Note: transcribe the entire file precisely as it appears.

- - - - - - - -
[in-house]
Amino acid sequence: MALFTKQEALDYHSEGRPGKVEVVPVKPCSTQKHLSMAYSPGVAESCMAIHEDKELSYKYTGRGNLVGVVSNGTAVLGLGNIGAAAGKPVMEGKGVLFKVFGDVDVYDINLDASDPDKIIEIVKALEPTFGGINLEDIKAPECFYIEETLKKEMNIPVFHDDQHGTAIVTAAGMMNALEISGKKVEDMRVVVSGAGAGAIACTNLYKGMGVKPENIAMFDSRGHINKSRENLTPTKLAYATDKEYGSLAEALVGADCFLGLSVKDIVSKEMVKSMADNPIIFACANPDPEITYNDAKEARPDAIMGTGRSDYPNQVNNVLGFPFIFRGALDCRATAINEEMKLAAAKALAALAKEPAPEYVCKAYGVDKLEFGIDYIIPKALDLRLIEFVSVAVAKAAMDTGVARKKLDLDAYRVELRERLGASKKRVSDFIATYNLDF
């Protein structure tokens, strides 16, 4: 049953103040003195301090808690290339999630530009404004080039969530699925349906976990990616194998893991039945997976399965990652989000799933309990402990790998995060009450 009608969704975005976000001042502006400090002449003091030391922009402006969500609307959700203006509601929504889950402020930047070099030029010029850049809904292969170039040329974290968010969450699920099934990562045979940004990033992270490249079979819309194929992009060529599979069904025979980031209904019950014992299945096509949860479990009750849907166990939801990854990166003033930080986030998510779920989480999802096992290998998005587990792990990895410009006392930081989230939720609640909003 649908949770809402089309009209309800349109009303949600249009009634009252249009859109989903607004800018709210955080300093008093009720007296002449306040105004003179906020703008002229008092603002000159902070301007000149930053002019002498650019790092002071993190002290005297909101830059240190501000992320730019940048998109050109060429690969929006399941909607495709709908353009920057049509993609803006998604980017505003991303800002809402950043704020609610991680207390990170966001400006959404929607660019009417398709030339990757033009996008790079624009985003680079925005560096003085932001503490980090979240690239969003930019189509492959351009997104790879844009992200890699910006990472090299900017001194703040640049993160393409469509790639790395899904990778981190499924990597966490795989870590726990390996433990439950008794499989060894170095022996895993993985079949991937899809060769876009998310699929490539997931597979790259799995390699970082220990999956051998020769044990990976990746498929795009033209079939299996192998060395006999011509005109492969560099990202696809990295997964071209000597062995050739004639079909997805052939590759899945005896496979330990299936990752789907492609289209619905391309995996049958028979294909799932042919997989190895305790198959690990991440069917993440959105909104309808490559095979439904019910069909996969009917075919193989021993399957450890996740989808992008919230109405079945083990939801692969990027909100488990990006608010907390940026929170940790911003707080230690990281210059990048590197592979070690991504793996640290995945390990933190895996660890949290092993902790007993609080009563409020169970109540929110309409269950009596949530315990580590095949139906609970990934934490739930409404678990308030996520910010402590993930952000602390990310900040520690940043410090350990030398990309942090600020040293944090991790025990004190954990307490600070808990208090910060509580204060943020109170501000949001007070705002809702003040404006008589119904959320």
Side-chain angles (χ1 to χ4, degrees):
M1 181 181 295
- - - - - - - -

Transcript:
[in-house]
Amino acid sequence: MALFTKQEALDYHSEGRPGKVEVVPVKPCSTQKHLSMAYSPGVAESCMAIHEDKELSYKYTGRGNLVGVVSNGTAVLGLGNIGAAAGKPVMEGKGVLFKVFGDVDVYDINLDASDPDKIIEIVKALEPTFGGINLEDIKAPECFYIEETLKKEMNIPVFHDDQHGTAIVTAAGMMNALEISGKKVEDMRVVVSGAGAGAIACTNLYKGMGVKPENIAMFDSRGHINKSRENLTPTKLAYATDKEYGSLAEALVGADCFLGLSVKDIVSKEMVKSMADNPIIFACANPDPEITYNDAKEARPDAIMGTGRSDYPNQVNNVLGFPFIFRGALDCRATAINEEMKLAAAKALAALAKEPAPEYVCKAYGVDKLEFGIDYIIPKALDLRLIEFVSVAVAKAAMDTGVARKKLDLDAYRVELRERLGASKKRVSDFIATYNLDF
């Protein structure tokens, strides 16, 4: 049953103040003195301090808690290339999630530009404004080039969530699925349906976990990616194998893991039945997976399965990652989000799933309990402990790998995060009450 009608969704975005976000001042502006400090002449003091030391922009402006969500609307959700203006509601929504889950402020930047070099030029010029850049809904292969170039040329974290968010969450699920099934990562045979940004990033992270490249079979819309194929992009060529599979069904025979980031209904019950014992299945096509949860479990009750849907166990939801990854990166003033930080986030998510779920989480999802096992290998998005587990792990990895410009006392930081989230939720609640909003 649908949770809402089309009209309800349109009303949600249009009634009252249009859109989903607004800018709210955080300093008093009720007296002449306040105004003179906020703008002229008092603002000159902070301007000149930053002019002498650019790092002071993190002290005297909101830059240190501000992320730019940048998109050109060429690969929006399941909607495709709908353009920057049509993609803006998604980017505003991303800002809402950043704020609610991680207390990170966001400006959404929607660019009417398709030339990757033009996008790079624009985003680079925005560096003085932001503490980090979240690239969003930019189509492959351009997104790879844009992200890699910006990472090299900017001194703040640049993160393409469509790639790395899904990778981190499924990597966490795989870590726990390996433990439950008794499989060894170095022996895993993985079949991937899809060769876009998310699929490539997931597979790259799995390699970082220990999956051998020769044990990976990746498929795009033209079939299996192998060395006999011509005109492969560099990202696809990295997964071209000597062995050739004639079909997805052939590759899945005896496979330990299936990752789907492609289209619905391309995996049958028979294909799932042919997989190895305790198959690990991440069917993440959105909104309808490559095979439904019910069909996969009917075919193989021993399957450890996740989808992008919230109405079945083990939801692969990027909100488990990006608010907390940026929170940790911003707080230690990281210059990048590197592979070690991504793996640290995945390990933190895996660890949290092993902790007993609080009563409020169970109540929110309409269950009596949530315990580590095949139906609970990934934490739930409404678990308030996520910010402590993930952000602390990310900040520690940043410090350990030398990309942090600020040293944090991790025990004190954990307490600070808990208090910060509580204060943020109170501000949001007070705002809702003040404006008589119904959320």
Side-chain angles (χ1 to χ4, degrees):
M1 181 181 295